At last. A band that fully embraces the possibilities of the Sidstation and gives it room to blossom in all its crystal clear nostalgia. The primary effort made by Thermostatic is not one purely based on the past though, as their ridiculously catchy Commodore pop sounds strangely contemporary. The recent hype built around this Swedish quartet is very much deserved, as this feels like electropop for everyone, without exceptions. I can see the synthpop nerds (including yours truly) take this to their hearts, as well as fans of mainstream pop or rock, just because their sound, while not entirely new, is so refined.
I used to keep it to myself that I loved many of the old Commodore 64 game scores back in the day. "Out Run", "Flimbo's Quest". Even "Spy Hunter" had a minimalistic charm, even though it didn't use the sounds commonly linked to the classic computer. Ten or so seconds into "As Stars We Belong" (the album opener), when the infectious melody riff starts, I was instantly transported back to around 1986, sitting on my brown bean bag (why? oh why?), playing "Wonderboy" well into the evenings 'till my fingers bled. At the same time I'm still very much in the now; firmly cemented in the moment. "Joy-Toy" does that to you. Hurdles you back in time, while having you rediscovering that this is unique in its own right. Trans-X meets Kraftwerk meets Erasure meets Rex the Dog. Kind of.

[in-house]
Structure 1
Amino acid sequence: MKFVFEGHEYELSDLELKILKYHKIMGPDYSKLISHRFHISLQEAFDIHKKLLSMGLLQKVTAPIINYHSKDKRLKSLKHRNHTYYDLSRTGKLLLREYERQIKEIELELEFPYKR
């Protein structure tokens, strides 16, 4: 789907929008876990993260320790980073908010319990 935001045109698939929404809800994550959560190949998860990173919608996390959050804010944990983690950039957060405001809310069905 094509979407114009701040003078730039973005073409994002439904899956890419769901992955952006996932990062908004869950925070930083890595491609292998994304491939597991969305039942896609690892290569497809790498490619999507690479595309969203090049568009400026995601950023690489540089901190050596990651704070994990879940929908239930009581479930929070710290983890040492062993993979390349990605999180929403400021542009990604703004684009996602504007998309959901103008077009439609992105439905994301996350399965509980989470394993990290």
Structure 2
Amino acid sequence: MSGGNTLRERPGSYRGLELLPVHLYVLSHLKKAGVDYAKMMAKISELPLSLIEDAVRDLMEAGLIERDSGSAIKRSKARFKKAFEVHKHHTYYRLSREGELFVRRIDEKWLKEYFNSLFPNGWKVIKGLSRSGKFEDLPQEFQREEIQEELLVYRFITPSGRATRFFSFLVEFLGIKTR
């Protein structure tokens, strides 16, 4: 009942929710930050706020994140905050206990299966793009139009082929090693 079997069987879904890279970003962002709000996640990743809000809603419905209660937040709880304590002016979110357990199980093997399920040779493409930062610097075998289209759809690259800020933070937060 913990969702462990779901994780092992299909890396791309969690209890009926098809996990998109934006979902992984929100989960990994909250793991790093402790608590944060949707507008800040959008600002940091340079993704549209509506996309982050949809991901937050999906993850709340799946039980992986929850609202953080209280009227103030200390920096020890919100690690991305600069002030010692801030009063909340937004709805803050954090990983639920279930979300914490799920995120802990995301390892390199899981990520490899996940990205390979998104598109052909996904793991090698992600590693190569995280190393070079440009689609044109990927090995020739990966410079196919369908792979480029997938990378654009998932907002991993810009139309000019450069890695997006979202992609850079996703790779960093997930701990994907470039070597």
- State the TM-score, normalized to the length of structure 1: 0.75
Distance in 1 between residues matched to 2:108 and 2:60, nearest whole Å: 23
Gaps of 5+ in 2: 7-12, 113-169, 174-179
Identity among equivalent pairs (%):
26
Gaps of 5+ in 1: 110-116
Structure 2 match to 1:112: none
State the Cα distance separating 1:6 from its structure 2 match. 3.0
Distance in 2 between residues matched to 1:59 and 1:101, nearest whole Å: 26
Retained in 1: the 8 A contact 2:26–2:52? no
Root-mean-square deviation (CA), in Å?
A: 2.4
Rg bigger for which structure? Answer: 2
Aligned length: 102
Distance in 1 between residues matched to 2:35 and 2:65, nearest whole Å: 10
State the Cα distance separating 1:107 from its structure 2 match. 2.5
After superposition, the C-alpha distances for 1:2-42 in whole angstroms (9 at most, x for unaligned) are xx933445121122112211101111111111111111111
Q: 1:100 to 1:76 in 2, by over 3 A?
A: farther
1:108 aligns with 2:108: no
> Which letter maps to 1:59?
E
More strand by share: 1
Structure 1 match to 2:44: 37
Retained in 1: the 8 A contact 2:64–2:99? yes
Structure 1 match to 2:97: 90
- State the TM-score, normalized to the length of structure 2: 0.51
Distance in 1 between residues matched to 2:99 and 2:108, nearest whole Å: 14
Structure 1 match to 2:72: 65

Ten tracks clocking in at a little over 36 minutes constantly keeps you on your toes. But all great things are short, someone said. Who was that, by the way? Anyway, "Joy-Toy" is, quite frankly, simply stunning. Eagerly playful and masterfully produced at the same time.
Now, if I can just get the attention of the beautiful girl behind the "Vox" moniker of the band. Maybe I could lure her with my strong physique and gleaming white teeth? No? Well, she is still a great vocalist and I wish her and Thermostatic all the best in what I hope is the start of a love story. Ehh, between the band and a growing audience, that is.